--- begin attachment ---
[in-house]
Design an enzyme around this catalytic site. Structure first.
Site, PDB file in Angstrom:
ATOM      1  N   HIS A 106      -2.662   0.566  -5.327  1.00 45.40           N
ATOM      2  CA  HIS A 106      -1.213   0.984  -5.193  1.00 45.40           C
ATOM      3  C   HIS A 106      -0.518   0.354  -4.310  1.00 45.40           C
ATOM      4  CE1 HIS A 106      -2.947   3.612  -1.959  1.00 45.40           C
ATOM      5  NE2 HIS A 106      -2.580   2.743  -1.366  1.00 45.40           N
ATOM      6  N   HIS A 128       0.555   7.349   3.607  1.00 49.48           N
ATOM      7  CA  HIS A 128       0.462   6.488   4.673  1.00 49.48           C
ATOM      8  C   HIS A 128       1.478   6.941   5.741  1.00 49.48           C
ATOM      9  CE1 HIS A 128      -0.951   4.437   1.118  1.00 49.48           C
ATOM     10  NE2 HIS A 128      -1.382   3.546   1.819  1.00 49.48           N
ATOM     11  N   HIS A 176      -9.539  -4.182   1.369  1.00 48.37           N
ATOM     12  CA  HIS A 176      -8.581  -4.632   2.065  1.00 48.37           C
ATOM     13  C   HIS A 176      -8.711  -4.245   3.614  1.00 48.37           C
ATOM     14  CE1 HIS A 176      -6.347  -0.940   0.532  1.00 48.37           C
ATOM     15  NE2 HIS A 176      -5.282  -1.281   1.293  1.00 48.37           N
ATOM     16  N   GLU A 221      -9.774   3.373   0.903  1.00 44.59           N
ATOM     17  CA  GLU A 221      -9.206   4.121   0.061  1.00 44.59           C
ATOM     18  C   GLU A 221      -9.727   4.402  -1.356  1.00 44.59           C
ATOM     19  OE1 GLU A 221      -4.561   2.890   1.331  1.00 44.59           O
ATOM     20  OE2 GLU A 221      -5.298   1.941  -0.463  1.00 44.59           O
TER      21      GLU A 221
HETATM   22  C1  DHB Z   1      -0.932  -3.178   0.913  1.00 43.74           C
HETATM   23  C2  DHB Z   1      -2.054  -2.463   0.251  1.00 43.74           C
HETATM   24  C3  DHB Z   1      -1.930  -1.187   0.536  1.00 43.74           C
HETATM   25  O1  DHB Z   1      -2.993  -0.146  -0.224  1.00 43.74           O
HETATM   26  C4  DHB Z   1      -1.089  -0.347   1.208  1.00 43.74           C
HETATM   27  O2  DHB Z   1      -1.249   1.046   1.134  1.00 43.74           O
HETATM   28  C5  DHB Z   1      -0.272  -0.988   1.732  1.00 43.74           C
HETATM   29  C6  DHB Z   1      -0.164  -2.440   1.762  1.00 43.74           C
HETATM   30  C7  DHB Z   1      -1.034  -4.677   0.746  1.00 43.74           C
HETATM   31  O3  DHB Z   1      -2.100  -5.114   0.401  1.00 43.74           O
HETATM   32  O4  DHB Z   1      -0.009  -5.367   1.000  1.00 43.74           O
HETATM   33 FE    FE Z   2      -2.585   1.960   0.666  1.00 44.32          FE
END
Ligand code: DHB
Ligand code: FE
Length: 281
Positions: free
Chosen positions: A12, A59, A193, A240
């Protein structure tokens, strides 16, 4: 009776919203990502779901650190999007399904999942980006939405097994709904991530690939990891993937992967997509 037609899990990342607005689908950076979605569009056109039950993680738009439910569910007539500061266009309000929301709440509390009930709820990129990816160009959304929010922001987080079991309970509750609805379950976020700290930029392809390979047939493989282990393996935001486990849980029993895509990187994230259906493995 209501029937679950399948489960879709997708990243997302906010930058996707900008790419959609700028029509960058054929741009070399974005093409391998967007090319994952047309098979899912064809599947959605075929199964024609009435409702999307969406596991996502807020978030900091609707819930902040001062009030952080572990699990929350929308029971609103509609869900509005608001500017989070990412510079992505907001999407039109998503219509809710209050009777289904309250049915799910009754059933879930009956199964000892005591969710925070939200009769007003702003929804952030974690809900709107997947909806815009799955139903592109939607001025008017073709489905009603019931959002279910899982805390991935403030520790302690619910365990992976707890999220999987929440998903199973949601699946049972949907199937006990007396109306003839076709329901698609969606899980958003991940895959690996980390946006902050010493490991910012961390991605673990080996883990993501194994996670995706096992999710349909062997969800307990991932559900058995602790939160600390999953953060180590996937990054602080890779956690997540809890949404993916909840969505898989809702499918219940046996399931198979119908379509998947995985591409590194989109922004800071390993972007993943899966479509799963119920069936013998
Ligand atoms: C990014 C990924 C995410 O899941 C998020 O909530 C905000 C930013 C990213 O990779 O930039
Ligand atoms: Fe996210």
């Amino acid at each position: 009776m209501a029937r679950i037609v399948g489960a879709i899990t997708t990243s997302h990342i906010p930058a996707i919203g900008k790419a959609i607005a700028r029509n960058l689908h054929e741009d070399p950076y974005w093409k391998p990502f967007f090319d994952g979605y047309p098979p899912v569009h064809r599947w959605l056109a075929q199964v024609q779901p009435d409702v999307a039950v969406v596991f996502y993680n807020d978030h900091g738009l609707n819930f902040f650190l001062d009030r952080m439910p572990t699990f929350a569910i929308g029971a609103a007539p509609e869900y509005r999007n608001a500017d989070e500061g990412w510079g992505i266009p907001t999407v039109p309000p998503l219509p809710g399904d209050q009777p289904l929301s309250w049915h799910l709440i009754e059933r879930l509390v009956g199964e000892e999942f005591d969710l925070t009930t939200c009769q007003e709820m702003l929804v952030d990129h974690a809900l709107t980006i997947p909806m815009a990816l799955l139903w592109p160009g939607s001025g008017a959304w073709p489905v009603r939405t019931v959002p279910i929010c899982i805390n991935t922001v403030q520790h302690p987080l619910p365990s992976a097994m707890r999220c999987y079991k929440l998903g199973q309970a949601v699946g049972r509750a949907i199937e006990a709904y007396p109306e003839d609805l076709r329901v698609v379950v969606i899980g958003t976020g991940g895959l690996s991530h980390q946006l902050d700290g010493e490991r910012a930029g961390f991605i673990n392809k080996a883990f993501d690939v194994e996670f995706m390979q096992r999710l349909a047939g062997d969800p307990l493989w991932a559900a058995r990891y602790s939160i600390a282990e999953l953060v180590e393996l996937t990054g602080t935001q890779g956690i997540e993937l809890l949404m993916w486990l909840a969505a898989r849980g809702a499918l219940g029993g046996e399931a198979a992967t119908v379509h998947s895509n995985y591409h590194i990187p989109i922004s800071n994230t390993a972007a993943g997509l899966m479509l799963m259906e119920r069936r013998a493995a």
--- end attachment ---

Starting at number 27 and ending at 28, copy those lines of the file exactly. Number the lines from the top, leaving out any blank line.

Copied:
HETATM   24  C3  DHB Z   1      -1.930  -1.187   0.536  1.00 43.74           C
HETATM   25  O1  DHB Z   1      -2.993  -0.146  -0.224  1.00 43.74           O